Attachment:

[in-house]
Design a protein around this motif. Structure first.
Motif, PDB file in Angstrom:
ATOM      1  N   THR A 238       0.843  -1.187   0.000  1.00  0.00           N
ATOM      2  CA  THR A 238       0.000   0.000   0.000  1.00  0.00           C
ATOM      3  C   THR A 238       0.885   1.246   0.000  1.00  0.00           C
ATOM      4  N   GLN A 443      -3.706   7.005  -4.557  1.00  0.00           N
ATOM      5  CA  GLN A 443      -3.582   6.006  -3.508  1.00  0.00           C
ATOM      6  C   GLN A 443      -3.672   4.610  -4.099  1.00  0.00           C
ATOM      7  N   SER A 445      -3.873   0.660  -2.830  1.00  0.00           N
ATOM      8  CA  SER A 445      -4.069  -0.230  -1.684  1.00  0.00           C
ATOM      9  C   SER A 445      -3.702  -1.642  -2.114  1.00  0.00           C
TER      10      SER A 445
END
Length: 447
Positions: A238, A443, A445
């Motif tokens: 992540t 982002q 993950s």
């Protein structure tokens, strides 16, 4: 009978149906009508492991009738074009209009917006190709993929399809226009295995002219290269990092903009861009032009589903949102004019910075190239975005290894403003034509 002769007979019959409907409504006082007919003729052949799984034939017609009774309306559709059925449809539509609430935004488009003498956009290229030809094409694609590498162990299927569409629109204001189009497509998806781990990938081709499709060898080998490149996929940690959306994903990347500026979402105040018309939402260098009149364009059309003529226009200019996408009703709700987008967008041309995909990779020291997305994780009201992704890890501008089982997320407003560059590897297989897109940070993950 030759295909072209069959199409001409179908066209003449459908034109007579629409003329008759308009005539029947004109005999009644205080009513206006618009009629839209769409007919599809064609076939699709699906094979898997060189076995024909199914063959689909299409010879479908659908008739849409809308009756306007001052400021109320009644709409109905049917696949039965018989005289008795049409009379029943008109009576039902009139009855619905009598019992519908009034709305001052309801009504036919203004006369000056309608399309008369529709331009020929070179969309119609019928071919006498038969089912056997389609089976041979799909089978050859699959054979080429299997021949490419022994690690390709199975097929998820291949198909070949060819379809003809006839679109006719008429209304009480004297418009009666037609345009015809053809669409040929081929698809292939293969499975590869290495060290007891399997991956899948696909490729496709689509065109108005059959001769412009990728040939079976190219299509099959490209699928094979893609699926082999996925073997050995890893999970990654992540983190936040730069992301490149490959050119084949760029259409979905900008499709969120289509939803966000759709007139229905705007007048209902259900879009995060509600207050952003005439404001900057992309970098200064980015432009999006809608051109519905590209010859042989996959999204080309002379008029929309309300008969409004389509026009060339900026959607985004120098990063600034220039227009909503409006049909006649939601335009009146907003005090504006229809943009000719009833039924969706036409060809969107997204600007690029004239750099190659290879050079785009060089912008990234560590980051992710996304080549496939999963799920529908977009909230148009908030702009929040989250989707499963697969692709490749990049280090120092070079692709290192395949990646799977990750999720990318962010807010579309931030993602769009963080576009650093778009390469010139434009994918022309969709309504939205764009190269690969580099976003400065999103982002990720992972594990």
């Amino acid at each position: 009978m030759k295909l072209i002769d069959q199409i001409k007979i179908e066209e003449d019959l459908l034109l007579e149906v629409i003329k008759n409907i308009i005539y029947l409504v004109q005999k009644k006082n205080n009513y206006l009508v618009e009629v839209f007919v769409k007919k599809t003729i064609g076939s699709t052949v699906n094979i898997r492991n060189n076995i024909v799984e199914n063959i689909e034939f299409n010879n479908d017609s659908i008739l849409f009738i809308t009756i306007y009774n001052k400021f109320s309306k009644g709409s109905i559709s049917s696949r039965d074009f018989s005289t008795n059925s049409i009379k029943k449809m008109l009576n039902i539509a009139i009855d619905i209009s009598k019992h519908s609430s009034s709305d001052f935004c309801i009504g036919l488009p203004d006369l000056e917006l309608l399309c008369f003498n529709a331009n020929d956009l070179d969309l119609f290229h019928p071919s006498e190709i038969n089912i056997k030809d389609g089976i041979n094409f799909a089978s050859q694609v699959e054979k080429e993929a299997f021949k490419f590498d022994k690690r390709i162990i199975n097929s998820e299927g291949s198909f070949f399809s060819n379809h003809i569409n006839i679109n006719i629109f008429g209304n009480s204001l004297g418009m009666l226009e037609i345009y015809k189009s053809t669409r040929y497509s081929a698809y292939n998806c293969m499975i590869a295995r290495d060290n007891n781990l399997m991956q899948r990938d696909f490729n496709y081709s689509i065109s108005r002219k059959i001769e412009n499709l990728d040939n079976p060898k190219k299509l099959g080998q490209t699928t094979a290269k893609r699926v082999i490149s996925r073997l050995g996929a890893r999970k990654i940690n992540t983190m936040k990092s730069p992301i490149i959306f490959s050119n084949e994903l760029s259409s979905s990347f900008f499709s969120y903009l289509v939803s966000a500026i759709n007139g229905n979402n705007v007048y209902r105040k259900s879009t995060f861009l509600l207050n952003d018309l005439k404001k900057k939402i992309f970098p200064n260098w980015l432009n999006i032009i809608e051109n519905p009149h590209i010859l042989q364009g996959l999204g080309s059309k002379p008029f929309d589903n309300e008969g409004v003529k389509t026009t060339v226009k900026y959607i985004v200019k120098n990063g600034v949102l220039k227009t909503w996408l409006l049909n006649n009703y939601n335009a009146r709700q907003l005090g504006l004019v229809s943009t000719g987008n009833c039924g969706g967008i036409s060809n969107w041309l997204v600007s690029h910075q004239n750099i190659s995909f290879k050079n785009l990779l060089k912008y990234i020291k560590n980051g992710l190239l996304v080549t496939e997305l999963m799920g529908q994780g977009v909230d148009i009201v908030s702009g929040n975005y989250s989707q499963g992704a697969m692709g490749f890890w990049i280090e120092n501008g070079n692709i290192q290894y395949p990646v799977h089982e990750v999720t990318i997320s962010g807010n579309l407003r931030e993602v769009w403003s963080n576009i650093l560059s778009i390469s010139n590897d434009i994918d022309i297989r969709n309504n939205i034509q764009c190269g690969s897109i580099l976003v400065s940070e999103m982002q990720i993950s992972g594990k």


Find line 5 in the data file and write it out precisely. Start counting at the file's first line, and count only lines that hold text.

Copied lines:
ATOM      2  CA  THR A 238       0.000   0.000   0.000  1.00  0.00           C